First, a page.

“Rural Ireland has, thankfully yet to see explosions of gun crime. There have been bits and bobs of it, but I think that is the big fear of what’s coming with that because you can see how, they will start to fight when there’s drug turf, and there is lucrative drug turf now everywhere. Yes, that’s when you see that explosion.
“There hasn’t been huge amount of that outside say, Belfast, Dublin. But look at Drogheda. Look what happened there. And I think cities like Galway like Limerick can never let their guard down.
“They have to try to keep a lid on it from a policing point of view. And then also keep investing in those community groups and trying to steer as many people away from it as possible,” she said.
What keeps her going on what in an undoubtedly rough aspect of the trade?
“I am interested in meeting people. And I think sometimes, you know, you can dismiss people. But actually, if you sit down and talk to them, you’ll find they have an incredible story to tell, and they give you a great insight into what’s going on.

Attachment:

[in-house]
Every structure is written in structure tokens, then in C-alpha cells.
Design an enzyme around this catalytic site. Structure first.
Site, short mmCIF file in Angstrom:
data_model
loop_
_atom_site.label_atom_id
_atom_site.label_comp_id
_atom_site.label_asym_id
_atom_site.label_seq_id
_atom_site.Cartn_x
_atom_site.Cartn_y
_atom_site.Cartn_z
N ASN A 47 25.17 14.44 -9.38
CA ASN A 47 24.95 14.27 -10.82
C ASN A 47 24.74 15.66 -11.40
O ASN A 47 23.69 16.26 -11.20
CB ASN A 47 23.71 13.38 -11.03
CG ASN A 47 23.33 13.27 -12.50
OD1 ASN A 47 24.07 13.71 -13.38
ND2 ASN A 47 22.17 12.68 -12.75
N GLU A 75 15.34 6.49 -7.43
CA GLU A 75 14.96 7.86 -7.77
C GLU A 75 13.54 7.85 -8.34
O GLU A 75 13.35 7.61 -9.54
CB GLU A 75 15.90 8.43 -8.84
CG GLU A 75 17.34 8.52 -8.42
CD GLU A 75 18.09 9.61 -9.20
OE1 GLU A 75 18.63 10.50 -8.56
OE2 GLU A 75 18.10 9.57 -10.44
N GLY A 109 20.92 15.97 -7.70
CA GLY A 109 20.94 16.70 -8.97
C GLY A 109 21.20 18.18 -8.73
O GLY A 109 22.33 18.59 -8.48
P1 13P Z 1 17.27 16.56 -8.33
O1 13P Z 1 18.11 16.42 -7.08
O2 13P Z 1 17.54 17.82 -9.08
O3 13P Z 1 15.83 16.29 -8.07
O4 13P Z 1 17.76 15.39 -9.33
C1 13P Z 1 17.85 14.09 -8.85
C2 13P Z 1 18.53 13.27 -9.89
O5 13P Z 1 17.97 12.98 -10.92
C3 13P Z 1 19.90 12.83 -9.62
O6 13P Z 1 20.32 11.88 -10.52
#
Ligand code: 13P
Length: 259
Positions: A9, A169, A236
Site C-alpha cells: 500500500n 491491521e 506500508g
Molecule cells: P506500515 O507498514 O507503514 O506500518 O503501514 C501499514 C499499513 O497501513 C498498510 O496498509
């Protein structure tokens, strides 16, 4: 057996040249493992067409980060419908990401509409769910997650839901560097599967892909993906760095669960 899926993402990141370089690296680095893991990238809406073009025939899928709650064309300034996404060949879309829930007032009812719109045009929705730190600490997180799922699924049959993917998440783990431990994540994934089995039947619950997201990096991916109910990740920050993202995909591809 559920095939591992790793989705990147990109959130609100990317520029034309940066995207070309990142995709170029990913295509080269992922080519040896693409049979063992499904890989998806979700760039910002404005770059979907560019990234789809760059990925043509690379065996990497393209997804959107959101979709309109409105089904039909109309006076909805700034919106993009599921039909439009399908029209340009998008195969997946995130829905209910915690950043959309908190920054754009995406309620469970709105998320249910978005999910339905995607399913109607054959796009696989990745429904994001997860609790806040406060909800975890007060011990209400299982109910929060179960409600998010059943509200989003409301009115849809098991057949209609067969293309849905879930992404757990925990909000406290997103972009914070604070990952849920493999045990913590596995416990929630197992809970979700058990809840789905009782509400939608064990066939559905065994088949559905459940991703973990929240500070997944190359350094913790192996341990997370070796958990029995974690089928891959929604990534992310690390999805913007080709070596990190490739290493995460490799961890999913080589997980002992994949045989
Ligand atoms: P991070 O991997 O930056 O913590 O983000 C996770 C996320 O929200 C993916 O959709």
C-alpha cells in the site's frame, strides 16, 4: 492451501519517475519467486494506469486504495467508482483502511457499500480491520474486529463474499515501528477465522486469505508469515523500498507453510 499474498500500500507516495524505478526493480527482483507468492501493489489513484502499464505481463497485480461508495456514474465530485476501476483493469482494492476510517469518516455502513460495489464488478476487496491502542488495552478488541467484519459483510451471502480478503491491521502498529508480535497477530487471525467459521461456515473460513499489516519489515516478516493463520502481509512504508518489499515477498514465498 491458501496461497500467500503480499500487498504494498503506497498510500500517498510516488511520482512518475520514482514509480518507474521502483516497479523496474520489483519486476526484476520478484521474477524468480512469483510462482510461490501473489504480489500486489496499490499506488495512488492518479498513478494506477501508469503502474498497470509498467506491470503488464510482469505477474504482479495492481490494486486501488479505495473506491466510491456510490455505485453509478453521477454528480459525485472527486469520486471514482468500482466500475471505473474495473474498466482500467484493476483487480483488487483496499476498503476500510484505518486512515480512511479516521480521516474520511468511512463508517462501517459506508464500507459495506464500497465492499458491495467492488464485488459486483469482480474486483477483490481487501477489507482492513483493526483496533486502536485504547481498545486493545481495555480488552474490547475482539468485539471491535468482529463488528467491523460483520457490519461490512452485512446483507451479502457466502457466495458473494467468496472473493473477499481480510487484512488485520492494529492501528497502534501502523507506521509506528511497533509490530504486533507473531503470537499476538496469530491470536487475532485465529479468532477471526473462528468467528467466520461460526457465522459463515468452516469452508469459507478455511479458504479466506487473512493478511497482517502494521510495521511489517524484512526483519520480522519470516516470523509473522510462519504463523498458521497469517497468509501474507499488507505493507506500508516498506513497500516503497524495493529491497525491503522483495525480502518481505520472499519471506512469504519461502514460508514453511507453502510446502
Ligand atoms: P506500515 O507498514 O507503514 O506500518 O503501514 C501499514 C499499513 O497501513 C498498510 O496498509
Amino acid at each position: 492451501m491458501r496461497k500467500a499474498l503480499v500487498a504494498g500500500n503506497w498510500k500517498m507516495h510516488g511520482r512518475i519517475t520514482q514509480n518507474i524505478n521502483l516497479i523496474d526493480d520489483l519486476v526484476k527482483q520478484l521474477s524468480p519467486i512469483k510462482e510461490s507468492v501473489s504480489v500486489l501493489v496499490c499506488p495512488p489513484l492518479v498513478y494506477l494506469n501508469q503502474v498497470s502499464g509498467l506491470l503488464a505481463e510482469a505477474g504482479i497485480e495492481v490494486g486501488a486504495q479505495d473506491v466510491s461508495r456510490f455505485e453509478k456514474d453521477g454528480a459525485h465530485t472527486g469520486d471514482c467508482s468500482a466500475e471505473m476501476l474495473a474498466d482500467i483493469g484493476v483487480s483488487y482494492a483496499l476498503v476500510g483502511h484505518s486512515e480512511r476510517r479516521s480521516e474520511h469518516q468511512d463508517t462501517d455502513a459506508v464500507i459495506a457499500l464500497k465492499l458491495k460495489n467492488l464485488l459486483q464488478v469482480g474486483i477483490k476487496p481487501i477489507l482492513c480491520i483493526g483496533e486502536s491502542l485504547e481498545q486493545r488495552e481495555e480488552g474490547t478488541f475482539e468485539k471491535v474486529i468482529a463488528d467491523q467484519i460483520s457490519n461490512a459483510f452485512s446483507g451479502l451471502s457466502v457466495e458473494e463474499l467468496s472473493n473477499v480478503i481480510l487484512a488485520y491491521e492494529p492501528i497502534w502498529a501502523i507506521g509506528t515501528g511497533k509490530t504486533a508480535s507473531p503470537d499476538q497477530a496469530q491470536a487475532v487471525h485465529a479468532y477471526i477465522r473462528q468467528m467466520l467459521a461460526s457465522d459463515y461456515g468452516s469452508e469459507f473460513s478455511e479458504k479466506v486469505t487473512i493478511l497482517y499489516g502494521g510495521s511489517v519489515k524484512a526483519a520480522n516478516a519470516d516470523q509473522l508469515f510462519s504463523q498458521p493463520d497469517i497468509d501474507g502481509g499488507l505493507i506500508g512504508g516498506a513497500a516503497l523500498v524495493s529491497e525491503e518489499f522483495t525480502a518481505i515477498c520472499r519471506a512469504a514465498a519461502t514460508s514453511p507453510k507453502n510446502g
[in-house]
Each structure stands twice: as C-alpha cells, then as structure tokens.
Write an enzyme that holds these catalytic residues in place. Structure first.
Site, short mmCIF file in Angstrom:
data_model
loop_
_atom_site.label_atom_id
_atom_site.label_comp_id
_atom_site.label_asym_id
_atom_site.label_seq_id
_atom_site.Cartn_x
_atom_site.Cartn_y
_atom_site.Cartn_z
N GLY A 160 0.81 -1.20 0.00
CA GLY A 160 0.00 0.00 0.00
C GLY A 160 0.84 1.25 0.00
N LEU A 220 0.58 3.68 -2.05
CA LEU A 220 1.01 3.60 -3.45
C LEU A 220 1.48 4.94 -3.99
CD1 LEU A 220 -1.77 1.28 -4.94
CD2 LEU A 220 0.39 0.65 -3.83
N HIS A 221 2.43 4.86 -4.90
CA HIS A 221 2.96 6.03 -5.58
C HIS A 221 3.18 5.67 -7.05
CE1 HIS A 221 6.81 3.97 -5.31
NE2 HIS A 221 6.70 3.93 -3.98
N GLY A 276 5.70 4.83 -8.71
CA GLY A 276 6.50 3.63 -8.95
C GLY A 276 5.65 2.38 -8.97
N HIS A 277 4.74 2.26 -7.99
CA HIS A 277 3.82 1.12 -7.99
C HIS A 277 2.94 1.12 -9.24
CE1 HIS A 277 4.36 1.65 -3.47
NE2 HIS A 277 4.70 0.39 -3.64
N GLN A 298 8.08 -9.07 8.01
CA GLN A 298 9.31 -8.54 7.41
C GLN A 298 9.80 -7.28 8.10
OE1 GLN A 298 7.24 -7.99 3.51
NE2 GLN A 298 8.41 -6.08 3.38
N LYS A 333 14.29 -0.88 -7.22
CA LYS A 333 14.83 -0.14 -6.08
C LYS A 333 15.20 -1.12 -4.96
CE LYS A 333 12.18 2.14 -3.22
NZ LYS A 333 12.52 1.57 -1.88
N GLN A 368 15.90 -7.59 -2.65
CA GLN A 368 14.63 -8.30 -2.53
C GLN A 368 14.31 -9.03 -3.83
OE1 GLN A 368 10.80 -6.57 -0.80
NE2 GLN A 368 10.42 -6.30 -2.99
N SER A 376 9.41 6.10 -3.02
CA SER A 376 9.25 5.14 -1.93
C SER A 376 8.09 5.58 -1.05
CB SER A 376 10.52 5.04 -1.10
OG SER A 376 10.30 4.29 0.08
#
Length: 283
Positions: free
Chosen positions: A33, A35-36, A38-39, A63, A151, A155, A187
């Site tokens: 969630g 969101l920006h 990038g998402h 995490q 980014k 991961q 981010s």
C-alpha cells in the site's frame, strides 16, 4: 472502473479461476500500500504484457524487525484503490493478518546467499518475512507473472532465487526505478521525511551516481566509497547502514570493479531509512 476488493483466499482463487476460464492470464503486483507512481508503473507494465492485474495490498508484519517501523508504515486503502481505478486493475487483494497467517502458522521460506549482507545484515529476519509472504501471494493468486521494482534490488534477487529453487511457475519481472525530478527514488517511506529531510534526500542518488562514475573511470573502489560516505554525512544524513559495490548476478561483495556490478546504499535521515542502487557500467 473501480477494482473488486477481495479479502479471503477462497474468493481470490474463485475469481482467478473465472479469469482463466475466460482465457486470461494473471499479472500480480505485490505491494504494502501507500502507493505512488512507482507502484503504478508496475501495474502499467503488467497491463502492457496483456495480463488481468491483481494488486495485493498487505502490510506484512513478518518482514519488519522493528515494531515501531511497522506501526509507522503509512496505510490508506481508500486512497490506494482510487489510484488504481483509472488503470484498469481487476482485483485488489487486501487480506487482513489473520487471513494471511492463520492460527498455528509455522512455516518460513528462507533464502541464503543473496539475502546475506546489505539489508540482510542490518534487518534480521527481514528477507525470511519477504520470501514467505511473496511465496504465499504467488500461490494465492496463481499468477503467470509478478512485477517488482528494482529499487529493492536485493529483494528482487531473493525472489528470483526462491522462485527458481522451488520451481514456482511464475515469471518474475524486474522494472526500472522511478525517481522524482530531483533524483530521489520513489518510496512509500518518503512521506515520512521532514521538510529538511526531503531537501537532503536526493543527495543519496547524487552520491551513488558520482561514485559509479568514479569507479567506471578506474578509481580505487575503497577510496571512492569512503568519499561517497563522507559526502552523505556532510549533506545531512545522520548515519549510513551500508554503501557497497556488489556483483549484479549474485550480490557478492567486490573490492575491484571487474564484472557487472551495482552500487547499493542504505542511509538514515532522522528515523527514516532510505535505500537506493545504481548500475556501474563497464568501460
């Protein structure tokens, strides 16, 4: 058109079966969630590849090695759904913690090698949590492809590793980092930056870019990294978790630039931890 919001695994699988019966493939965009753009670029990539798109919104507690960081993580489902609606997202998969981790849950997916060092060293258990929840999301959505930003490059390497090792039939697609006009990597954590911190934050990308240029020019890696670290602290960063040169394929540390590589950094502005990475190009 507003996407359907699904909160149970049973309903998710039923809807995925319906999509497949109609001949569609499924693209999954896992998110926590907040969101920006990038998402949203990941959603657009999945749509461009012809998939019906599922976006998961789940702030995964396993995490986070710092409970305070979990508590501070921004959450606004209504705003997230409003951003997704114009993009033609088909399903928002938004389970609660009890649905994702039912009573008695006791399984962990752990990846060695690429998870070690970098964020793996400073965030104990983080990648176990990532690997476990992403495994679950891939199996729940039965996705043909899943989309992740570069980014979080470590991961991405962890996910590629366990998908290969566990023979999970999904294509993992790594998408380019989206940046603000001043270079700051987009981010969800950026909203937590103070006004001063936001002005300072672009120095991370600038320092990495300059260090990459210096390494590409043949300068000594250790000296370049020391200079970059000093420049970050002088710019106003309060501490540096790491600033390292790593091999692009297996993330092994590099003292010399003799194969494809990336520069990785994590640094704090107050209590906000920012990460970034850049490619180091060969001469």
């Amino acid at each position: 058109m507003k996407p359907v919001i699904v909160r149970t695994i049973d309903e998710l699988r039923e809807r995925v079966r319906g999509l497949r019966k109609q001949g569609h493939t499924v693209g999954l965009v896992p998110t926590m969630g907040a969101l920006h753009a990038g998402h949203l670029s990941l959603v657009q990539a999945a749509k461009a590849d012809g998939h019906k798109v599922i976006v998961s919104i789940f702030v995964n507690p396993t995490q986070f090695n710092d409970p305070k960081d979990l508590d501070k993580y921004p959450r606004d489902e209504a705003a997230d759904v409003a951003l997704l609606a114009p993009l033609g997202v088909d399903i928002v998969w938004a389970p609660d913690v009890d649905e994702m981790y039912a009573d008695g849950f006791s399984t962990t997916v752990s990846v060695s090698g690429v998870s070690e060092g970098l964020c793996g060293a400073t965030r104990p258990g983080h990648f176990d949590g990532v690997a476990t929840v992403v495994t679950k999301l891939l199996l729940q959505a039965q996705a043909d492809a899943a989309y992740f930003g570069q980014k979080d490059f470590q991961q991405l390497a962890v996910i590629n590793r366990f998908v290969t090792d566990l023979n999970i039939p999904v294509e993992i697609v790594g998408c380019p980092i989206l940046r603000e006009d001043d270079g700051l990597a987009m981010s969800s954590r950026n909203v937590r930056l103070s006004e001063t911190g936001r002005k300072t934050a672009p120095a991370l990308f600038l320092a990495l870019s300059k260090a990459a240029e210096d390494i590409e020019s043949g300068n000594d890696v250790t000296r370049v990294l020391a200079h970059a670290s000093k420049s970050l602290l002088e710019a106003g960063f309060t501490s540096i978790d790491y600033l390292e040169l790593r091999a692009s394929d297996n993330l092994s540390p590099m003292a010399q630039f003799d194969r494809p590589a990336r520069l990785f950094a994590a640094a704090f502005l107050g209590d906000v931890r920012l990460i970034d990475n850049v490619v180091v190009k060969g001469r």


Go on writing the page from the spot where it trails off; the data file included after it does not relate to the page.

“I don’t think you can get an insight without talking to people who are living within some of these communities and within the gangs and, you know, within the criminal underworld, because we are outsiders, and we’ll always be outsiders, those of us who live under the structures of the law.
“So you need to communicate to try and understand what’s happening in the underworld,” she said.
Crime World has a massive following out west and tickets for the show in Monroes are flying out the door.
Tickets to Omertà — A Journey Into The Dark Heart of the criminal Underworld, a Crime World Live Show with Nicola Tallant is coming to Monroes on Friday, May 19. Tickets cost €25 and are available from www.monroes.ie